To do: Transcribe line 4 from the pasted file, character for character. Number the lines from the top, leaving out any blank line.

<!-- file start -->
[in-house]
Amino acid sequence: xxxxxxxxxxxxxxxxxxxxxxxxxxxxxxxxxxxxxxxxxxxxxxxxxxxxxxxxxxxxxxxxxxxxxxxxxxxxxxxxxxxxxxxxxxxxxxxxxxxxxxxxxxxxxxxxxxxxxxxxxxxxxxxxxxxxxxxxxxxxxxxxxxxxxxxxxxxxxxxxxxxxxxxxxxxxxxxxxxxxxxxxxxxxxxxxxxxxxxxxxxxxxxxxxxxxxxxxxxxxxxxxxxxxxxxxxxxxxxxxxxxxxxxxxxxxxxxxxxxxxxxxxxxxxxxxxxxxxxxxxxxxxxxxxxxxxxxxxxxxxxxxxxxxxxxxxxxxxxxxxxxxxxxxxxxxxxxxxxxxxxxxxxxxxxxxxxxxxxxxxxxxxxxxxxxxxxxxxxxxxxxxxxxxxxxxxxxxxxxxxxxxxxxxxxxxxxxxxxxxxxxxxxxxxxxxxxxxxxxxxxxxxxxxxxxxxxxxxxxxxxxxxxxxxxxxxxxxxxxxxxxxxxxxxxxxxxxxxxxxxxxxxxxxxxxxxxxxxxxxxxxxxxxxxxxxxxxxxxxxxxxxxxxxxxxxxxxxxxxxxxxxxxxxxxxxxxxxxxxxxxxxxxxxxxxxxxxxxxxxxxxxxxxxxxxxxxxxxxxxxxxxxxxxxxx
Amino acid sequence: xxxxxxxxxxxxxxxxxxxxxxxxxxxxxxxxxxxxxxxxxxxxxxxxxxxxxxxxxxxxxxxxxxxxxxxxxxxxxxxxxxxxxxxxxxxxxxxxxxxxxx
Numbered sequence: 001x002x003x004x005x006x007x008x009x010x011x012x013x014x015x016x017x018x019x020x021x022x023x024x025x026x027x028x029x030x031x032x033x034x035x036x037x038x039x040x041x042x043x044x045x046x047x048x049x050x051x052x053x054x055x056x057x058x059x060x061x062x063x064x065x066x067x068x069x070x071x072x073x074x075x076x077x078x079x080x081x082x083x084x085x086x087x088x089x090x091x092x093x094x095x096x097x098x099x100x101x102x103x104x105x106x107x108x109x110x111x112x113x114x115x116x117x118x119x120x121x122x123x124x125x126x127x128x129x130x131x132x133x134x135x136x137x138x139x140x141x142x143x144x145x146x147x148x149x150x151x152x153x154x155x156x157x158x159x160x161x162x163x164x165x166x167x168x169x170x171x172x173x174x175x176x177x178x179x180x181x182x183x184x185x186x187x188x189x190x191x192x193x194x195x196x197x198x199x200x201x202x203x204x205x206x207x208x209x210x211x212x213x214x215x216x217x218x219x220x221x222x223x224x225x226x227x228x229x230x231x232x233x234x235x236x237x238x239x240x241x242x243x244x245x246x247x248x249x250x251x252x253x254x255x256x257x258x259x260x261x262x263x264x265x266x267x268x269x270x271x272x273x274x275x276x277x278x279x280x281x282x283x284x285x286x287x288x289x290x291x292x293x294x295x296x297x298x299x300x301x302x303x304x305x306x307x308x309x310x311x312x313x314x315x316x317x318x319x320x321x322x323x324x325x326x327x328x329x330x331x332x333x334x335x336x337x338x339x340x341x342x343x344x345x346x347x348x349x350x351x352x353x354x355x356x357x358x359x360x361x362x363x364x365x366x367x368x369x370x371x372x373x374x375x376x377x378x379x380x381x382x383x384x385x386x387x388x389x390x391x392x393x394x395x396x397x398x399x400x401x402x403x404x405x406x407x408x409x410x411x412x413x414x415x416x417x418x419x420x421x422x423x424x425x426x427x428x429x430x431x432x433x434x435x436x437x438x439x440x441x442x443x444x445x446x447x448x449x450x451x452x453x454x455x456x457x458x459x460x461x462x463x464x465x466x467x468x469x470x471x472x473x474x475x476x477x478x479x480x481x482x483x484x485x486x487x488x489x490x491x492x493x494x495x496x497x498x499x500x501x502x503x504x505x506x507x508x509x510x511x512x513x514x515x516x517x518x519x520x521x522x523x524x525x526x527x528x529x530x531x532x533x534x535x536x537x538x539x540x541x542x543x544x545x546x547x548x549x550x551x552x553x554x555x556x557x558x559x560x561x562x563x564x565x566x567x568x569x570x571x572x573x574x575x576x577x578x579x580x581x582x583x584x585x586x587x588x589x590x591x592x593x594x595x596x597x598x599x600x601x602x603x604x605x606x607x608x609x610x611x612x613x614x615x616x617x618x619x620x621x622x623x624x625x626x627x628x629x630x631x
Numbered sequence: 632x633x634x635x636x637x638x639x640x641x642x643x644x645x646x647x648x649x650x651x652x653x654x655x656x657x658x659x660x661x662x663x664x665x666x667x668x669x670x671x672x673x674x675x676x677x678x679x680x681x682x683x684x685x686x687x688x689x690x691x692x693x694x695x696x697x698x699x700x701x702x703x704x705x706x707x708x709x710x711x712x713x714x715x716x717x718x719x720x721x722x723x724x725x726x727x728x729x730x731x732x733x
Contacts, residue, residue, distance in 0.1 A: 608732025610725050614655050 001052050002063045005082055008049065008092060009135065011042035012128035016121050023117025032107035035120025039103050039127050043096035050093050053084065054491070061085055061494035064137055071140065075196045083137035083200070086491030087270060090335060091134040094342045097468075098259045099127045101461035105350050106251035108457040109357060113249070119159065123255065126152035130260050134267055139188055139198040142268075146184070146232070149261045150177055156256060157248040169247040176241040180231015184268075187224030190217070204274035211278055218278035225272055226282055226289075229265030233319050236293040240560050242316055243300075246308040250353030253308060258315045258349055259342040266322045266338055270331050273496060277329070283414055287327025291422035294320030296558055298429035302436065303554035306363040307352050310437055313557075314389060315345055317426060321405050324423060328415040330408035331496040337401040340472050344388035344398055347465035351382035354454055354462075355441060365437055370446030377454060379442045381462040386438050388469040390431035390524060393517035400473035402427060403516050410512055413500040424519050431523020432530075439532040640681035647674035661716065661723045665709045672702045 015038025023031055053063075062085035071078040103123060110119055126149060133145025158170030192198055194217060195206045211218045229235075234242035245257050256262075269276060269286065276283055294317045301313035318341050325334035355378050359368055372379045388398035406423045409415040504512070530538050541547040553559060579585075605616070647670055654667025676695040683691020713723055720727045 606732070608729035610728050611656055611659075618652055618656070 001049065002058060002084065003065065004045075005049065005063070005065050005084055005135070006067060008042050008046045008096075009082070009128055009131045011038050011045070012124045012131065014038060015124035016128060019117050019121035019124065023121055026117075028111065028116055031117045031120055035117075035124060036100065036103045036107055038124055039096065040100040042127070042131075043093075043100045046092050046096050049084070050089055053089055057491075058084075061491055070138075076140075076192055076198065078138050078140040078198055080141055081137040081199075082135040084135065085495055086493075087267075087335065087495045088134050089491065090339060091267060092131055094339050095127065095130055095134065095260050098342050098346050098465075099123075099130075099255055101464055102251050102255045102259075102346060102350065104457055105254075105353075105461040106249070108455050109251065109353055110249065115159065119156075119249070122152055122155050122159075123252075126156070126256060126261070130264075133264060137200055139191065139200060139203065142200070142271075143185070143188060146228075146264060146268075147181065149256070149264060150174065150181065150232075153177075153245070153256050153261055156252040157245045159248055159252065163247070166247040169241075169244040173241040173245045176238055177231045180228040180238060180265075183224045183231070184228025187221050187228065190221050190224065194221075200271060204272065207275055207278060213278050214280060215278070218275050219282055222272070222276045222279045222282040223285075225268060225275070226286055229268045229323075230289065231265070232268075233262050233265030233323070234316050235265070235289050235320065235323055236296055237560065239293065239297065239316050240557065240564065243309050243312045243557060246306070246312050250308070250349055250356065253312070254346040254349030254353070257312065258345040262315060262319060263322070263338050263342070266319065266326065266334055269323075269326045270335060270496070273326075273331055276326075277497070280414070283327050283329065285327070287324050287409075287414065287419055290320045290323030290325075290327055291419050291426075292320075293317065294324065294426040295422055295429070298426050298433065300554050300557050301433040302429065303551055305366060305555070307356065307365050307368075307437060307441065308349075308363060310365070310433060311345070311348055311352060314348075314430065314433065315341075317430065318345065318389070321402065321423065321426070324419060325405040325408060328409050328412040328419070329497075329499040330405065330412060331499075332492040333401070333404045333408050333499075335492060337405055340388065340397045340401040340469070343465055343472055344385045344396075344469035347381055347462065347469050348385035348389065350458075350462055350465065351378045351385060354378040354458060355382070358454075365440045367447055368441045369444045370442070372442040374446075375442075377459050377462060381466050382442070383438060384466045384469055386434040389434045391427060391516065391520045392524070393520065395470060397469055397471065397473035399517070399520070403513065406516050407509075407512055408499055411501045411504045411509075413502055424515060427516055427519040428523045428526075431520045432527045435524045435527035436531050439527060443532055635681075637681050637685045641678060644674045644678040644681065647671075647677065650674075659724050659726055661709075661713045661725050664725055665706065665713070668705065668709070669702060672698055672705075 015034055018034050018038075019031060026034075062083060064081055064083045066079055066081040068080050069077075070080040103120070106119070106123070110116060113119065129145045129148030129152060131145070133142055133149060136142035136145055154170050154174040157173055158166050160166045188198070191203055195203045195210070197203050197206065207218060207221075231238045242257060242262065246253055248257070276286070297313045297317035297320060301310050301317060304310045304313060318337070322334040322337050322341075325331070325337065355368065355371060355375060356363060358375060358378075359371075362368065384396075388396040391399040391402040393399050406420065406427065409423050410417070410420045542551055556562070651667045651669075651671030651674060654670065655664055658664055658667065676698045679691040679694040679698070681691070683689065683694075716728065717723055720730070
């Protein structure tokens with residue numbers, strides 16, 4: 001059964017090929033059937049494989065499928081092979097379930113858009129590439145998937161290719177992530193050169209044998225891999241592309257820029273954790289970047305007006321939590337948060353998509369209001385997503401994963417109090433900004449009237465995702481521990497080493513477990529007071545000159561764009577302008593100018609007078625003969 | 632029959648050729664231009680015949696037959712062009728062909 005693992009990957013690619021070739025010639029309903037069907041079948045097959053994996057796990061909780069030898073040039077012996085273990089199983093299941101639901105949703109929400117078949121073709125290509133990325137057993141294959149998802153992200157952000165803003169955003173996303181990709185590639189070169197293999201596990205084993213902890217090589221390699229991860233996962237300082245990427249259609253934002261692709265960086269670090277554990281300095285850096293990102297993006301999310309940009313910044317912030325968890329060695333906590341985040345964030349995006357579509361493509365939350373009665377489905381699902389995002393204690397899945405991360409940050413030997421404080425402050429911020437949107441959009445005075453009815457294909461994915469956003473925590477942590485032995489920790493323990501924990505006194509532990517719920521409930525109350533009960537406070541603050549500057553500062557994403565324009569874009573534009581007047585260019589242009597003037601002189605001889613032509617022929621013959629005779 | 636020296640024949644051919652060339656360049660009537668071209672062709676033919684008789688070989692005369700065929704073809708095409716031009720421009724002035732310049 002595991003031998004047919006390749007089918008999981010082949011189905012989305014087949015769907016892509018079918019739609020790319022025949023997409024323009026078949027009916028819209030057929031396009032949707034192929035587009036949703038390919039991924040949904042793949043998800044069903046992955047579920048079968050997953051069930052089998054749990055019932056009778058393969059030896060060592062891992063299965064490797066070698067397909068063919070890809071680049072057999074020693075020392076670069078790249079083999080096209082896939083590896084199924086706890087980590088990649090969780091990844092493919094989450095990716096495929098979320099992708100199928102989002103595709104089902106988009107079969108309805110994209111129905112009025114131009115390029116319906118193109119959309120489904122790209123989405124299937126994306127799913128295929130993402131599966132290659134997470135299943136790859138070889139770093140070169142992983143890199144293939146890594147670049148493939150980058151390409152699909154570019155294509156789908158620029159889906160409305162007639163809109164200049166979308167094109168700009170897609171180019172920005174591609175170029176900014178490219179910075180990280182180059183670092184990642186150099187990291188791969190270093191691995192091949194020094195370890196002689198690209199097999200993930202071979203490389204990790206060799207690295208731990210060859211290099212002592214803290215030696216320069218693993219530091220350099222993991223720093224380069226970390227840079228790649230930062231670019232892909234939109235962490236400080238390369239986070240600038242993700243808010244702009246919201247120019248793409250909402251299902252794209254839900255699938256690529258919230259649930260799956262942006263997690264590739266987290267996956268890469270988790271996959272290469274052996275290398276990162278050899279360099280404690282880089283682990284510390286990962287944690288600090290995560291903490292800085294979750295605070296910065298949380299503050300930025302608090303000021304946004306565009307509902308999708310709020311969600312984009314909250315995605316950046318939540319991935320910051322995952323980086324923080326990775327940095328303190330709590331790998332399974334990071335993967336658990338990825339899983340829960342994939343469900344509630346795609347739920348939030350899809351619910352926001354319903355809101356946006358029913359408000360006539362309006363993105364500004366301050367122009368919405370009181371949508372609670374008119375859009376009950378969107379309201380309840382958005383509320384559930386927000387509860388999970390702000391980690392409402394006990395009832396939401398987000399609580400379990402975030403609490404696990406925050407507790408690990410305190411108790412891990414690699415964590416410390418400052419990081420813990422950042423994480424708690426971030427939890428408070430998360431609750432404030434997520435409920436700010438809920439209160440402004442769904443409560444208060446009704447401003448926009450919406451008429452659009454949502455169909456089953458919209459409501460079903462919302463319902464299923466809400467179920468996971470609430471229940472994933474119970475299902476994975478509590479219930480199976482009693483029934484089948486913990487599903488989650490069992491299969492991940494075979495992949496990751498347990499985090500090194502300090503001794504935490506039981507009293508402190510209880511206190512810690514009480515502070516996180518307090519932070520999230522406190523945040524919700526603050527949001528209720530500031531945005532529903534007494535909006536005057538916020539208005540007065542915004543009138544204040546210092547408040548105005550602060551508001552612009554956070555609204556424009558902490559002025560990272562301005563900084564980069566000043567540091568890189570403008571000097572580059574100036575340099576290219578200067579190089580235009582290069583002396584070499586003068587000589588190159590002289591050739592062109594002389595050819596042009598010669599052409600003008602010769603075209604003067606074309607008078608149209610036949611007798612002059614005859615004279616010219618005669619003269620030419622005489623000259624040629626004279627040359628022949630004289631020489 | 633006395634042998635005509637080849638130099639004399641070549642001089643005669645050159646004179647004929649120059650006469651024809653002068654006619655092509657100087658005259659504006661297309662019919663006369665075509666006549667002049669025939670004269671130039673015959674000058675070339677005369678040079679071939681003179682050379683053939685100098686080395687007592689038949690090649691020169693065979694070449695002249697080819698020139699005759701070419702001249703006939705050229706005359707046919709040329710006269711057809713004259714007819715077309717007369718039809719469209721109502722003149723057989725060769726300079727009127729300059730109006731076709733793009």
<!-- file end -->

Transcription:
Numbered sequence: 001x002x003x004x005x006x007x008x009x010x011x012x013x014x015x016x017x018x019x020x021x022x023x024x025x026x027x028x029x030x031x032x033x034x035x036x037x038x039x040x041x042x043x044x045x046x047x048x049x050x051x052x053x054x055x056x057x058x059x060x061x062x063x064x065x066x067x068x069x070x071x072x073x074x075x076x077x078x079x080x081x082x083x084x085x086x087x088x089x090x091x092x093x094x095x096x097x098x099x100x101x102x103x104x105x106x107x108x109x110x111x112x113x114x115x116x117x118x119x120x121x122x123x124x125x126x127x128x129x130x131x132x133x134x135x136x137x138x139x140x141x142x143x144x145x146x147x148x149x150x151x152x153x154x155x156x157x158x159x160x161x162x163x164x165x166x167x168x169x170x171x172x173x174x175x176x177x178x179x180x181x182x183x184x185x186x187x188x189x190x191x192x193x194x195x196x197x198x199x200x201x202x203x204x205x206x207x208x209x210x211x212x213x214x215x216x217x218x219x220x221x222x223x224x225x226x227x228x229x230x231x232x233x234x235x236x237x238x239x240x241x242x243x244x245x246x247x248x249x250x251x252x253x254x255x256x257x258x259x260x261x262x263x264x265x266x267x268x269x270x271x272x273x274x275x276x277x278x279x280x281x282x283x284x285x286x287x288x289x290x291x292x293x294x295x296x297x298x299x300x301x302x303x304x305x306x307x308x309x310x311x312x313x314x315x316x317x318x319x320x321x322x323x324x325x326x327x328x329x330x331x332x333x334x335x336x337x338x339x340x341x342x343x344x345x346x347x348x349x350x351x352x353x354x355x356x357x358x359x360x361x362x363x364x365x366x367x368x369x370x371x372x373x374x375x376x377x378x379x380x381x382x383x384x385x386x387x388x389x390x391x392x393x394x395x396x397x398x399x400x401x402x403x404x405x406x407x408x409x410x411x412x413x414x415x416x417x418x419x420x421x422x423x424x425x426x427x428x429x430x431x432x433x434x435x436x437x438x439x440x441x442x443x444x445x446x447x448x449x450x451x452x453x454x455x456x457x458x459x460x461x462x463x464x465x466x467x468x469x470x471x472x473x474x475x476x477x478x479x480x481x482x483x484x485x486x487x488x489x490x491x492x493x494x495x496x497x498x499x500x501x502x503x504x505x506x507x508x509x510x511x512x513x514x515x516x517x518x519x520x521x522x523x524x525x526x527x528x529x530x531x532x533x534x535x536x537x538x539x540x541x542x543x544x545x546x547x548x549x550x551x552x553x554x555x556x557x558x559x560x561x562x563x564x565x566x567x568x569x570x571x572x573x574x575x576x577x578x579x580x581x582x583x584x585x586x587x588x589x590x591x592x593x594x595x596x597x598x599x600x601x602x603x604x605x606x607x608x609x610x611x612x613x614x615x616x617x618x619x620x621x622x623x624x625x626x627x628x629x630x631x